DENVER | For 16-year-old Jameson Lee, the thrill of dressing up in drag is hard to describe.
“The feeling when I put on my wig is…there are no words for it,” says Lee, who performs under the name Ophelia Peaches. “It’s delightful, it’s humbling, it’s exhilarating. It’s everything, because when I put on my wig, I am Ophelia.”
Ophelia started performing in drag at 13 years old, but the persona was years in the making, dating back to dress-ups and tea parties with her sister about 10 years ago.
Ophelia recalls putting on a tiara during those dress-ups: “I’d run down the hallway like, ‘I’m the queen, I’m the queen!’” Now, she really is the queen.
“I’m stronger in drag,” Ophelia explains. “I’m not worried about people judging me because I have these gorgeous lashes to deflect their blows.”
Ophelia’s mother, Robin Fulton, is the founder of Dragutante, a nonprofit that hosts drag shows for kids 18 years-old and younger.
Aurora Pride events are taking shape for later this summer, after being virtual and postponed last year because of the pandemic. Aurora Pride has in the past included Dragutante and similar events.
Like many of the youths participating in Dragutante, Ophelia says she had to “mature quickly.”
“I had to realize that there are people that are not going to accept what I do. That just happens,” Ophelia says. “There was a lot of ridicule and judgement, and it’s heartbreaking sometimes. But then you get through to that one person, and everything was worth it.”
Ophelia says that judgement and vitriol often comes from a place of ignorance.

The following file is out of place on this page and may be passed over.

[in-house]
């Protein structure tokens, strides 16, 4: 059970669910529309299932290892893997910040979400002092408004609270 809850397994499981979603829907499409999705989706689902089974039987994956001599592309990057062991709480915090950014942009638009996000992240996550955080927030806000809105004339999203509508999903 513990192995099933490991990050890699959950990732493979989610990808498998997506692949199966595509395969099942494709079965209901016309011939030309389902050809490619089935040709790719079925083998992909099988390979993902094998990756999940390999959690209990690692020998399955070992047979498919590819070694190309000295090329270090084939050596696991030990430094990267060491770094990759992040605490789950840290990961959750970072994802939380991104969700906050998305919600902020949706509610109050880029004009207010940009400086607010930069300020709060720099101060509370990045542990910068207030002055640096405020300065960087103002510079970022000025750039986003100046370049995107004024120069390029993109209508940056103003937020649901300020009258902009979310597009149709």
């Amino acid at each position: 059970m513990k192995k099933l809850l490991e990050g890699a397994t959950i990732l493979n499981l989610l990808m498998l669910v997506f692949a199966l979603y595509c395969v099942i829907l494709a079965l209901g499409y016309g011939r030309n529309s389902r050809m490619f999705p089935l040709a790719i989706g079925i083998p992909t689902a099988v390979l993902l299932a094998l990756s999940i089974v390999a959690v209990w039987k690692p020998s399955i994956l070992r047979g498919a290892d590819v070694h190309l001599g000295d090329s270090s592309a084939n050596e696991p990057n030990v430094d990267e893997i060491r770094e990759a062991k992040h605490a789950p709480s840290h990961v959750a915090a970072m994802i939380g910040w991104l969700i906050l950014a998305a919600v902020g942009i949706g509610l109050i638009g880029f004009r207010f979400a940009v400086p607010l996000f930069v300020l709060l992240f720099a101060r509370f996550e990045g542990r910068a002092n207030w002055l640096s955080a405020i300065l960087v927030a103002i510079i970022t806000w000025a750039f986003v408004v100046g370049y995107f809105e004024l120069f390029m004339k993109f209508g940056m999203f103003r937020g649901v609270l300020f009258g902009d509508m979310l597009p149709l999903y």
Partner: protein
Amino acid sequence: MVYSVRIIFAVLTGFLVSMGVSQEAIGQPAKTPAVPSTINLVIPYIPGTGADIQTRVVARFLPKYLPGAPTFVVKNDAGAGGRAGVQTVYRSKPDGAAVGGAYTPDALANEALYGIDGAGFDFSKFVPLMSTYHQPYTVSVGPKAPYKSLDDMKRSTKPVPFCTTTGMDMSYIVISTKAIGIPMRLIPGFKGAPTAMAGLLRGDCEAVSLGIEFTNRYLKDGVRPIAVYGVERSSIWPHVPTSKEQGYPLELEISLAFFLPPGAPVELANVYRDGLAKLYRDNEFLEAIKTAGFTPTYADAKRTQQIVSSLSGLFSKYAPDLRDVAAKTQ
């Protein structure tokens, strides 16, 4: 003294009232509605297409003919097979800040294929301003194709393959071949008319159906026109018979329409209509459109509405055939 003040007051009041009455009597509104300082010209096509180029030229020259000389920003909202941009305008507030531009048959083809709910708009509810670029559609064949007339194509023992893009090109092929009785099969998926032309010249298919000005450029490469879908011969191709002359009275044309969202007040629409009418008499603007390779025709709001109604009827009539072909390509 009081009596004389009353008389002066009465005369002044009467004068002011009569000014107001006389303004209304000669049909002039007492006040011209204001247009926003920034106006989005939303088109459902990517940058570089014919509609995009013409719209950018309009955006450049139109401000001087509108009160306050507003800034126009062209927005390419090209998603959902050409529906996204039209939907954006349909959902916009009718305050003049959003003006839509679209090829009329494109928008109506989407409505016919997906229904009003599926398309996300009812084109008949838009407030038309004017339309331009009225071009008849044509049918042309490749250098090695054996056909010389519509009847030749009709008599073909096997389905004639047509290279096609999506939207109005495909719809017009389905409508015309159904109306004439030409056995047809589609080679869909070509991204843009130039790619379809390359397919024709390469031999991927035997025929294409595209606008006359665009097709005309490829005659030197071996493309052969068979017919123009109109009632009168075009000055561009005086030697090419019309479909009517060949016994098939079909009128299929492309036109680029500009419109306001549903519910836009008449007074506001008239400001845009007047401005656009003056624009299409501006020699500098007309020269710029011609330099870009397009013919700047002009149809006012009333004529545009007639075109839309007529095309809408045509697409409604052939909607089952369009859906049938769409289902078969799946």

“I think some people don’t understand drag because they just don’t know what it is. And it’s been stigmatized into something that’s kind of dirty and happens in a bar, and it’s not for kids,” she says. “I think if they gave it a chance, they would understand that it’s just a performance art, and it’s no different from me going on stage and reciting Shakespeare.”
In addition to being a performer and a writer, Ophelia is also an activist.
“Harvey Milk, Marsha P. Johnson. If it wasn’t for them, and all of you, I wouldn’t have the freedom to stand here today,” Ophelia said to a raucous, celebratory crowd during Denver’s Pride celebration in 2019.
“I got into the activism side of drag kind of accidentally,” Ophelia tells Rocky Mountain PBS. “I realized that having a platform and performing created this stage to advocate for kids and to say, ‘This is my story, this is what you can be.’”
Ophelia’s main message to young people interested in drag: “I feel like I need to stress that point that just because you want to do makeup…doesn’t make you wrong,” she says. “You are valid. You are loved.”